The car was generally neutral, but I felt I lacked spin in certain sections when I started to accelerate. This happened at Sunrise, On Ramp and Sweeper, which are three crucial corners. So I’m going to heed the advice given by reviewers in my first track blog and tighten up the front and rear shocks, but the rears more to help the rear turn.

Body roll wasn’t bad, and I stayed planted in my M Sport seat thanks to a street-legal Schroth QuickFit harness, but a little less body roll would be nice. Still, for the Koni Yellows and very street-friendly Eibach Pro-Kit springs, the 128’s on-trail qualities were pretty good.

It was great to be there

One of the biggest chapters of American touring car racing was the early 2010s Grand-Am series, now the International Motorsport Sports Association (IMSA), Continental Tire Sports Car Challenge (CTSCC) series. That’s mostly down to all of its epic naturally aspirated front-wheel-drive versus rear-wheel-drive on-track action. Like the eighth and ninth generation Honda Civic Si versus the BMW 128i, for example.

My participation in this track day in my own street-ready BMW 128i turned out to be something of an informal homage to the CTSCC, as I found myself hanging out with a deftly driven eighth-generation Si through the fun 3-track circuit. .1 mile to Buttonwillow Raceway Park for a few laps. I included some of that in the video above – this cat was great fun to follow and definitely got me motivated to drive faster.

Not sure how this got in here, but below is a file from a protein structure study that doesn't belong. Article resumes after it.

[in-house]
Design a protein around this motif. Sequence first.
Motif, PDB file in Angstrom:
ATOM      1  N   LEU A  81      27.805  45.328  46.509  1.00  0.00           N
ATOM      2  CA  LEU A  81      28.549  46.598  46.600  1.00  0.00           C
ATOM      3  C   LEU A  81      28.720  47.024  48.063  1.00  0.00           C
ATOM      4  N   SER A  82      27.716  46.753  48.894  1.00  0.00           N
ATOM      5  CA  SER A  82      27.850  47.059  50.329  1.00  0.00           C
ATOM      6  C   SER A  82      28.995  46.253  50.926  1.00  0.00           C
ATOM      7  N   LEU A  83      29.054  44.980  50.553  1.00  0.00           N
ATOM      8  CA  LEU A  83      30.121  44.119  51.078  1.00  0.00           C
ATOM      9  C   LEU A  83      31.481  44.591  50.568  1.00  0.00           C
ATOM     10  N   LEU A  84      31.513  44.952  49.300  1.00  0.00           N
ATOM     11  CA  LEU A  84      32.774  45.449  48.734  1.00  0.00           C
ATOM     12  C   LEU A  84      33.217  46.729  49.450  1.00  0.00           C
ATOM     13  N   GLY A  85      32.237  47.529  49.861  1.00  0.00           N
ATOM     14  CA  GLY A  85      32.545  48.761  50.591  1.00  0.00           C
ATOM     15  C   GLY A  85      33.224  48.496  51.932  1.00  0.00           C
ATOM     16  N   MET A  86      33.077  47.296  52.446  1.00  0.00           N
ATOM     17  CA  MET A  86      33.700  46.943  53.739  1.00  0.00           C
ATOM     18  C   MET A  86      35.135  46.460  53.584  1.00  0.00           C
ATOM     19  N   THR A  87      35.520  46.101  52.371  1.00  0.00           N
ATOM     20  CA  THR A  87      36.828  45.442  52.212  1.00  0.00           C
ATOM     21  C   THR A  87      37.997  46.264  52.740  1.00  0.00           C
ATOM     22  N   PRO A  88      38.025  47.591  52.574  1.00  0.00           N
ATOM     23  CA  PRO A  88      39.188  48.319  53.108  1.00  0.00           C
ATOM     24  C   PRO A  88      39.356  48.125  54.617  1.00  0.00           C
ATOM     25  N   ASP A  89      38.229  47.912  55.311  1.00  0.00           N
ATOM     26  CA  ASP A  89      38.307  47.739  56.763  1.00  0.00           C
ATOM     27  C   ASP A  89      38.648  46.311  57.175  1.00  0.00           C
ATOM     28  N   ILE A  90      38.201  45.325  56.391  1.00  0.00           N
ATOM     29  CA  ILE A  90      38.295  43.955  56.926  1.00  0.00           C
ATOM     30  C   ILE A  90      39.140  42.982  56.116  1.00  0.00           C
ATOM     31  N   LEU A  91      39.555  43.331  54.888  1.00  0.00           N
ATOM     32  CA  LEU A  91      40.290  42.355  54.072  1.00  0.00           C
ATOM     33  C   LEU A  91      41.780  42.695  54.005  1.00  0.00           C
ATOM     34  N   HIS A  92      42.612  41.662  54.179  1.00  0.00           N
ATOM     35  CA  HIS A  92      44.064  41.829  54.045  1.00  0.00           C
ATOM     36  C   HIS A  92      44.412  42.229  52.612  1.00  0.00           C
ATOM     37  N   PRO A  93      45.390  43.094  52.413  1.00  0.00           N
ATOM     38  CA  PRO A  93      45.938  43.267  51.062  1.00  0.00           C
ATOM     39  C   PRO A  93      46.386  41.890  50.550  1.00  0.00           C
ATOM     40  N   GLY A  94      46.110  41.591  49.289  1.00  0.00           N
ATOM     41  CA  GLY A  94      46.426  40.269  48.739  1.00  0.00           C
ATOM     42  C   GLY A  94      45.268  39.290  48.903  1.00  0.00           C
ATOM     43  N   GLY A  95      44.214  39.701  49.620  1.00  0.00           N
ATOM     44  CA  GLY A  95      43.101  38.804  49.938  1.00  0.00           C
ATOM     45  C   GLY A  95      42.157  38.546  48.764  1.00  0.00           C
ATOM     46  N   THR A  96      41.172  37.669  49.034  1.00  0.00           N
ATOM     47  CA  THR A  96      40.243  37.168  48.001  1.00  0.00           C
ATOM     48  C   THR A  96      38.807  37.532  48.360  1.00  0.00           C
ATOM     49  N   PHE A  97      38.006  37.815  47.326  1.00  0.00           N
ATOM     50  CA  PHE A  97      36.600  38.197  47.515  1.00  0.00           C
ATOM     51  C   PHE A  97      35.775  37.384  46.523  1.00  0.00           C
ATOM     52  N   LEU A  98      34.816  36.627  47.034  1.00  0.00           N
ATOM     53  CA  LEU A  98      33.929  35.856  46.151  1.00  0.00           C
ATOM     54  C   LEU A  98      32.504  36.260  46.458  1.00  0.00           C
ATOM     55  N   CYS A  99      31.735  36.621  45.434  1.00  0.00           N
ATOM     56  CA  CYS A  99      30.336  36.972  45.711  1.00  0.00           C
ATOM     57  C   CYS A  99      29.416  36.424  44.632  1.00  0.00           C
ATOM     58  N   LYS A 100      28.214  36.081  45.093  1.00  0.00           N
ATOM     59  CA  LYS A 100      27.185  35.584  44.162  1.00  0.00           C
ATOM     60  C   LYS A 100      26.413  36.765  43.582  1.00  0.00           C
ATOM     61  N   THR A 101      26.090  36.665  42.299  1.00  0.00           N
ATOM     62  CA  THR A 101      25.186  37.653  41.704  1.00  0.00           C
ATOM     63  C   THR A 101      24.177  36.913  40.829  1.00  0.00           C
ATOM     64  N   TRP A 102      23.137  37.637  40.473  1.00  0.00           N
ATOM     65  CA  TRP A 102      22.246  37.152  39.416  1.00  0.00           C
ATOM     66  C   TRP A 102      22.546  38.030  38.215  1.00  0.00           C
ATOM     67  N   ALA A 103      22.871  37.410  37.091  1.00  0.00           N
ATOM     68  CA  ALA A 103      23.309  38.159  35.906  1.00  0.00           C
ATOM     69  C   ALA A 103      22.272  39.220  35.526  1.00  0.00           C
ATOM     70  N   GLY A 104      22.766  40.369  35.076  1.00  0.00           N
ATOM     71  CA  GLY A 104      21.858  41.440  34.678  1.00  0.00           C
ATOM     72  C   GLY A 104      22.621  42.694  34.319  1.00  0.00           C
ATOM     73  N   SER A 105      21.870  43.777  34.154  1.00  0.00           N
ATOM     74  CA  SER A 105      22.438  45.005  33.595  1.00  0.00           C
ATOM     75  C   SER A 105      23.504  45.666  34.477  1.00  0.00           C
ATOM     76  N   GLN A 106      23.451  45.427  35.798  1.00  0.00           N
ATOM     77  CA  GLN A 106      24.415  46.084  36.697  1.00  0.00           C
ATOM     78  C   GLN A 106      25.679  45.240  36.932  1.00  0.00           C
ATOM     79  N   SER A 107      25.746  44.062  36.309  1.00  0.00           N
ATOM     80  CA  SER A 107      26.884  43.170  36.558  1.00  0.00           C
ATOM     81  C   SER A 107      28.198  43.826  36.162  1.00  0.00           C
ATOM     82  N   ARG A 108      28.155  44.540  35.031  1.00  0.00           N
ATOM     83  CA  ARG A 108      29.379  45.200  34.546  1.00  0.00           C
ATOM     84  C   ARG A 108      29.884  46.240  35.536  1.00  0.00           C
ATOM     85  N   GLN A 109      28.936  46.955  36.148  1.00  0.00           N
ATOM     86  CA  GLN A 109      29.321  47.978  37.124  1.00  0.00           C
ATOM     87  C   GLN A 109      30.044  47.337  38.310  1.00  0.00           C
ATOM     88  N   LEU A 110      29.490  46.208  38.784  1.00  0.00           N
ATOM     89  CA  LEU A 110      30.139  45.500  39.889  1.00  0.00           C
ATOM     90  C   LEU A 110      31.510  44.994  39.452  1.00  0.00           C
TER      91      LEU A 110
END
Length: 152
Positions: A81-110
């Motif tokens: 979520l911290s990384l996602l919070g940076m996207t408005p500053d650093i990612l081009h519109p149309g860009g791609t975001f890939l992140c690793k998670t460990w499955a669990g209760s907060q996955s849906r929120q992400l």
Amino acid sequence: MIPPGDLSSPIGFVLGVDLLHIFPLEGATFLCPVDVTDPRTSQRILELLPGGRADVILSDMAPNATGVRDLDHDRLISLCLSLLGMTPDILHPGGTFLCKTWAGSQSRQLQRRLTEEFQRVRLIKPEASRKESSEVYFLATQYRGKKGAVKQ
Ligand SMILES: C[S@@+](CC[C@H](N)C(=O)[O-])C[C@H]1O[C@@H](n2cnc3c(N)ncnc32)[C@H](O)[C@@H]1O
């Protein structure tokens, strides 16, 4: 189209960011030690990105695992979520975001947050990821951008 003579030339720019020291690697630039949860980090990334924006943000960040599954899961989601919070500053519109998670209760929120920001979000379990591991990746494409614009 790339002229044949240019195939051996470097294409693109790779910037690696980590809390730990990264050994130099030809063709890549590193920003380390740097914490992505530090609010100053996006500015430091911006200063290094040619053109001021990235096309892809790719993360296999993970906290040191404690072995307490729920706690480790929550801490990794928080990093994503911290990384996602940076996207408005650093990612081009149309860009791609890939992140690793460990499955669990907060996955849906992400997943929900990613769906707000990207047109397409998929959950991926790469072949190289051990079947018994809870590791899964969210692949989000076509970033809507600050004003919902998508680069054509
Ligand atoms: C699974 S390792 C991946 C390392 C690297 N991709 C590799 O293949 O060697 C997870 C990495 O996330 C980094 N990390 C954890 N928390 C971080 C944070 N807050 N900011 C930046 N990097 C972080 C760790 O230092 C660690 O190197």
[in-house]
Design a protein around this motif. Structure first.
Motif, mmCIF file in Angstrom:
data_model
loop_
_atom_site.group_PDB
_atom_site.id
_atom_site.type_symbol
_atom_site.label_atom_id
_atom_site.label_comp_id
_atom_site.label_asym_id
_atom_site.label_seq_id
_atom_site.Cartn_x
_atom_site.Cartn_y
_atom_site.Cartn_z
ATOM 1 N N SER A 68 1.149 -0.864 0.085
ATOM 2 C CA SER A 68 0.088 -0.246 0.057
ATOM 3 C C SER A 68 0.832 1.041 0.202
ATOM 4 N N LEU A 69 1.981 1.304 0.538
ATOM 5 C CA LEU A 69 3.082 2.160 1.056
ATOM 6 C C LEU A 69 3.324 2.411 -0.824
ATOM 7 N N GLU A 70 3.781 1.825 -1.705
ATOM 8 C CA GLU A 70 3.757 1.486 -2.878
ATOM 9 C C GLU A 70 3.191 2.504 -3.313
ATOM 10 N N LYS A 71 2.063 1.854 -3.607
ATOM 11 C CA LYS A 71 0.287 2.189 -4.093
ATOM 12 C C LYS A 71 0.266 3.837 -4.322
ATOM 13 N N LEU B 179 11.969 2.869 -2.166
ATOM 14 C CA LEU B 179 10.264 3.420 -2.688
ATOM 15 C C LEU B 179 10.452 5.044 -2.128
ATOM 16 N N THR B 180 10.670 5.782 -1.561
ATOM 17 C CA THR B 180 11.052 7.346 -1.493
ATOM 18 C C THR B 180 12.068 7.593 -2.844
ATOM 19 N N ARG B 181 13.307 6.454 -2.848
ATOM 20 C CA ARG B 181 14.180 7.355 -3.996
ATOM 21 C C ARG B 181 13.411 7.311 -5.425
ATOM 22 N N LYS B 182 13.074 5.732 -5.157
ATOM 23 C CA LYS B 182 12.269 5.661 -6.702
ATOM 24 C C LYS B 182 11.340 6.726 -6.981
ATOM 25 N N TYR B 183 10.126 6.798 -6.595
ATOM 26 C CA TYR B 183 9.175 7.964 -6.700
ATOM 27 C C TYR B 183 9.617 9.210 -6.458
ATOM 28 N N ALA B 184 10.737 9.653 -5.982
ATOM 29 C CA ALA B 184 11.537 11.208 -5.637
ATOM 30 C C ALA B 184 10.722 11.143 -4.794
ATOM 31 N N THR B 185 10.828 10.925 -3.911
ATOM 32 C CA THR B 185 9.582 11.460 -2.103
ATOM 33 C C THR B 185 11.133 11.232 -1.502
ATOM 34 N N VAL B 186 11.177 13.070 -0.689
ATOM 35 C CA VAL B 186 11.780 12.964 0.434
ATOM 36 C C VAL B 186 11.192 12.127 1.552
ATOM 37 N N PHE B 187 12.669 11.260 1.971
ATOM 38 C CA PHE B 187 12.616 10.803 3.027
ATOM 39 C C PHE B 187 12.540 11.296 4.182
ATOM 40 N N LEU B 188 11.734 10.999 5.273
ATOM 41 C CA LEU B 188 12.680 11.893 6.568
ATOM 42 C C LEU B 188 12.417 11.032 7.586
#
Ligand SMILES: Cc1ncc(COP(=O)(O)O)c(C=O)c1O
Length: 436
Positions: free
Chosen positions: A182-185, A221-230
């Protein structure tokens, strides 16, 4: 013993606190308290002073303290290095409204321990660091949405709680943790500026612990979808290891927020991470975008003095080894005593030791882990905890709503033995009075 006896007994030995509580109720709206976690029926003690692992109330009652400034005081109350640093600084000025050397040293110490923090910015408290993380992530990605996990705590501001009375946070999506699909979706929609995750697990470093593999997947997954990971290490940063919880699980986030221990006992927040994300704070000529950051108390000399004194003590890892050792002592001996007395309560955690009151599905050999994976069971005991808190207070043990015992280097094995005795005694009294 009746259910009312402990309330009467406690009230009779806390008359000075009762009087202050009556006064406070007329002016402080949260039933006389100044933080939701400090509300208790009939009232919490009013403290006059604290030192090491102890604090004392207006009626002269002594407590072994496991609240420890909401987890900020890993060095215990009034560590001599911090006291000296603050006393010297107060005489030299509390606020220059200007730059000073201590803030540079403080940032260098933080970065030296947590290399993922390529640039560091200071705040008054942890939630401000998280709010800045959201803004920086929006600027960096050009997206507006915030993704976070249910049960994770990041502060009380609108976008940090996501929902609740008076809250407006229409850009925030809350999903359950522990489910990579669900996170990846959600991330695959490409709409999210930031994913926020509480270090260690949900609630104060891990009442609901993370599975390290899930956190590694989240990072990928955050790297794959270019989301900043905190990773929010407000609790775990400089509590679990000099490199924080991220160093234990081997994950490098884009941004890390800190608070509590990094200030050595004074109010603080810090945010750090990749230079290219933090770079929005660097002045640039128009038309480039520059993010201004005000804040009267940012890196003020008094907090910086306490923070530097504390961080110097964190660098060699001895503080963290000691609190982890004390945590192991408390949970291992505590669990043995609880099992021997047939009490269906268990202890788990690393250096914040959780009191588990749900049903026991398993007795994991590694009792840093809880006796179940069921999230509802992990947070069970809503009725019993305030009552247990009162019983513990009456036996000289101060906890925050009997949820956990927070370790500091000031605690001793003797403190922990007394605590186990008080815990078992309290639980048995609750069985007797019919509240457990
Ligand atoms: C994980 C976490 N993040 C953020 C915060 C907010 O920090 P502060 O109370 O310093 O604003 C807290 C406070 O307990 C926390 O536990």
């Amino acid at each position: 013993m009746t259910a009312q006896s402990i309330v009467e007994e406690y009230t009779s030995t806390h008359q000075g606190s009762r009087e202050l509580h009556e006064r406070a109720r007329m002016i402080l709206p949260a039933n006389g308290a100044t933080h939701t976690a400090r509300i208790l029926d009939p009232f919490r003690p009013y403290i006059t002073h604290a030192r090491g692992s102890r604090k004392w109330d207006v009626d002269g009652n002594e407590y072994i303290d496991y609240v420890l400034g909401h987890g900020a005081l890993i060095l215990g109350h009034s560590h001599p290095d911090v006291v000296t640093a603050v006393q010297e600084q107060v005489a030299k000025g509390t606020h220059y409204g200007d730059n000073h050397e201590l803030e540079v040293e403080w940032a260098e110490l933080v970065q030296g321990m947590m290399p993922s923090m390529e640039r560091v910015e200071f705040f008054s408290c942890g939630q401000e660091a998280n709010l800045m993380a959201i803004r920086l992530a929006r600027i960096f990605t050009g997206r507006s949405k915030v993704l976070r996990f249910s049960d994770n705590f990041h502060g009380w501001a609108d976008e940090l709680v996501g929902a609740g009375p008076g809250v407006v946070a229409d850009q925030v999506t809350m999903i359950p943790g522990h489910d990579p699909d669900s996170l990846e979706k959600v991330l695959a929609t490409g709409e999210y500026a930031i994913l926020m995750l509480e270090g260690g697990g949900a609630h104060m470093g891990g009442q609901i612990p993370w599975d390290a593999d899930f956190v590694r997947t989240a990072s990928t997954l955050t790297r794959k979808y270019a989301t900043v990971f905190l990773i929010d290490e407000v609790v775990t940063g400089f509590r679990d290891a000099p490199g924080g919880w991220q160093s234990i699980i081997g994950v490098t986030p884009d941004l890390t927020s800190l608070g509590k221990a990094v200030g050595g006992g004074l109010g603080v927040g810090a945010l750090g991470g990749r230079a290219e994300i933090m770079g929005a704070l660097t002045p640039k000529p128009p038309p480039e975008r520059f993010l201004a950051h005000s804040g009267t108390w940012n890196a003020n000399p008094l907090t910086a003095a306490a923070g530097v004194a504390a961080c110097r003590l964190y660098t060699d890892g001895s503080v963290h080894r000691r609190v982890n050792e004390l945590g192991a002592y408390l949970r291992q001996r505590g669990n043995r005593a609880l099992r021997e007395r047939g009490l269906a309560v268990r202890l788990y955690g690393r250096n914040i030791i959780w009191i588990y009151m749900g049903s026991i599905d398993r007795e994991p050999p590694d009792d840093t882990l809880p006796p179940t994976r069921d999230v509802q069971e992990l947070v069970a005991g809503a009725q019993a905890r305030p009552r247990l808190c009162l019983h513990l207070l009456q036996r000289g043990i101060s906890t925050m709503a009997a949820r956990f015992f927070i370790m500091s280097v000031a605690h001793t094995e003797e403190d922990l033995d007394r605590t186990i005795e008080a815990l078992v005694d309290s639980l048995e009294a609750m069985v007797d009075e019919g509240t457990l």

I reached a new personal best and won equipment

It felt good to reset my personal best lap in a car that I’m still mastering, even if it’s not as focused as my old Mazda 2. The 2 had a bunch of interior components removed, a racing seat lightweight, better tires, and I set the time for early winter when Buttonwillow enjoys cool ambient temperatures. This time in 1st I was on much worse tires mounted on a less familiar chassis with an ambient temperature of 105 degrees. I’m excited to get more and more familiar with the chassis, possibly put on better tires, make some tweaks, and hopefully lose a few more seconds in late fall or early winter. winter. I would love a sub-2:10.XXX.

Earlier today, a 2:15.996 lap I did was enough for third place in the Bimmer Challenge class B4. I believe the cutoff for lap times was the midday break for lunch, as usually most people don’t waste any more time due to high track temperature and ambient temperature afterwards. In fact, many people leave after lunch due to the draconian heat of the Central Valley. However, there is a big caveat to my conclusion: because it was an extremely hot summer day, many of the heavy hitters in the series who normally face each other in B4 were not present. Still, it was great to win a trophy, which I haven’t done since, like, sophomore softball.

All in all a great trail tour. I was also happy to offer some insight and encouragement to Rob too – he lost his personal best by over seven seconds! I’m happy to be making progress, and hope some brake work, a bit of coding, a re-alignment after riding kerbs all day, and some light damper tweaks will yield more success on my next visit. Let’s hope it’s a little cooler outside too, because driving on the track in 105-degree heat isn’t the most comfortable activity.

Learn more about this BMW 128i